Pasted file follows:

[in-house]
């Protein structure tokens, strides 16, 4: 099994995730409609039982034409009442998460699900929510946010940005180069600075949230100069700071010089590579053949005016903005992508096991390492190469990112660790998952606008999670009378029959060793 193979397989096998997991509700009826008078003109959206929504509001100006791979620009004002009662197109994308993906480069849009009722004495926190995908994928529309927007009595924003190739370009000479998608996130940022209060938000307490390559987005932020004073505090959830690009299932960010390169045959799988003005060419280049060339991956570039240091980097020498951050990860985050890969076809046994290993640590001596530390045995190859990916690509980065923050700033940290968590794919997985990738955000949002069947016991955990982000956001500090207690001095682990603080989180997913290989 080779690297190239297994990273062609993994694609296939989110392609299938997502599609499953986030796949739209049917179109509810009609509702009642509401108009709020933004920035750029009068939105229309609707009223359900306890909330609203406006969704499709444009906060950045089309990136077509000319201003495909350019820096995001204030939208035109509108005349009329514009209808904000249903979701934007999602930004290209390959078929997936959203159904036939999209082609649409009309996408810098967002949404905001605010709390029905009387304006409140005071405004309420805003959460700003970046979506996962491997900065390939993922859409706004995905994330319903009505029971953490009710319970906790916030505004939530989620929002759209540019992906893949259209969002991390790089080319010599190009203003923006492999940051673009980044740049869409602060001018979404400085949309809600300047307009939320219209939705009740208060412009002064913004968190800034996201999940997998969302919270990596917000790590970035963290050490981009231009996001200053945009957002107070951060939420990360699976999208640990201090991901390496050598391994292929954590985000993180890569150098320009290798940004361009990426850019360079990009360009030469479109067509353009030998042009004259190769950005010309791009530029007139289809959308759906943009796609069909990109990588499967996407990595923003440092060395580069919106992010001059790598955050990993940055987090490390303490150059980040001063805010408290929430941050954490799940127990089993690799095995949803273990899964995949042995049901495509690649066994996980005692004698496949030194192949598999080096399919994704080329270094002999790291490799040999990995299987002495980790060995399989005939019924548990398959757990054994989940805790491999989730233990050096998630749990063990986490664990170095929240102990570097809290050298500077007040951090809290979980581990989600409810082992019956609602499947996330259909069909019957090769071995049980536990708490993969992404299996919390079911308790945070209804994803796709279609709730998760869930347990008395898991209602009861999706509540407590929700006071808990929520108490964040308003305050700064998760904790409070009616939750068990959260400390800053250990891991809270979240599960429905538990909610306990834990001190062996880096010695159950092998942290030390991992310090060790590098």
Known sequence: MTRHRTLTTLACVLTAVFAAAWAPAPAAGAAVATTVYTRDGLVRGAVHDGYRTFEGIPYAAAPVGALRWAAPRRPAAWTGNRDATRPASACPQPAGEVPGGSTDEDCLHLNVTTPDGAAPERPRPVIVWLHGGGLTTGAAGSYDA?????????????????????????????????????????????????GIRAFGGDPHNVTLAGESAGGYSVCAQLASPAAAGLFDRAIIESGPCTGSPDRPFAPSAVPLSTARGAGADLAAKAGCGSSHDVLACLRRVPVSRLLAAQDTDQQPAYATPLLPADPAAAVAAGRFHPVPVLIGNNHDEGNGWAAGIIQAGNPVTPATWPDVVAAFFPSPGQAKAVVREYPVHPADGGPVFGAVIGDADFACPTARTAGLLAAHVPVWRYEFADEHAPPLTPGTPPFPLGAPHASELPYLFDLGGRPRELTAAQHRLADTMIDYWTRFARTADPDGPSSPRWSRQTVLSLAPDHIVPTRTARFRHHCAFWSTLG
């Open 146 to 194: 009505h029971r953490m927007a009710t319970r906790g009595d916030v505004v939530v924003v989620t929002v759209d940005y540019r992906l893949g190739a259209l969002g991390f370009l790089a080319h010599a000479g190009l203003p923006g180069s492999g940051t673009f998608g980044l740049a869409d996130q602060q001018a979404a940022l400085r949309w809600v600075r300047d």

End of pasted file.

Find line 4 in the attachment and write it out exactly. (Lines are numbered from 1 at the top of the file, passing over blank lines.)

């Open 146 to 194: 009505h029971r953490m927007a009710t319970r906790g009595d916030v505004v939530v924003v989620t929002v759209d940005y540019r992906l893949g190739a259209l969002g991390f370009l790089a080319h010599a000479g190009l203003p923006g180069s492999g940051t673009f998608g980044l740049a869409d996130q602060q001018a979404a940022l400085r949309w809600v600075r300047d």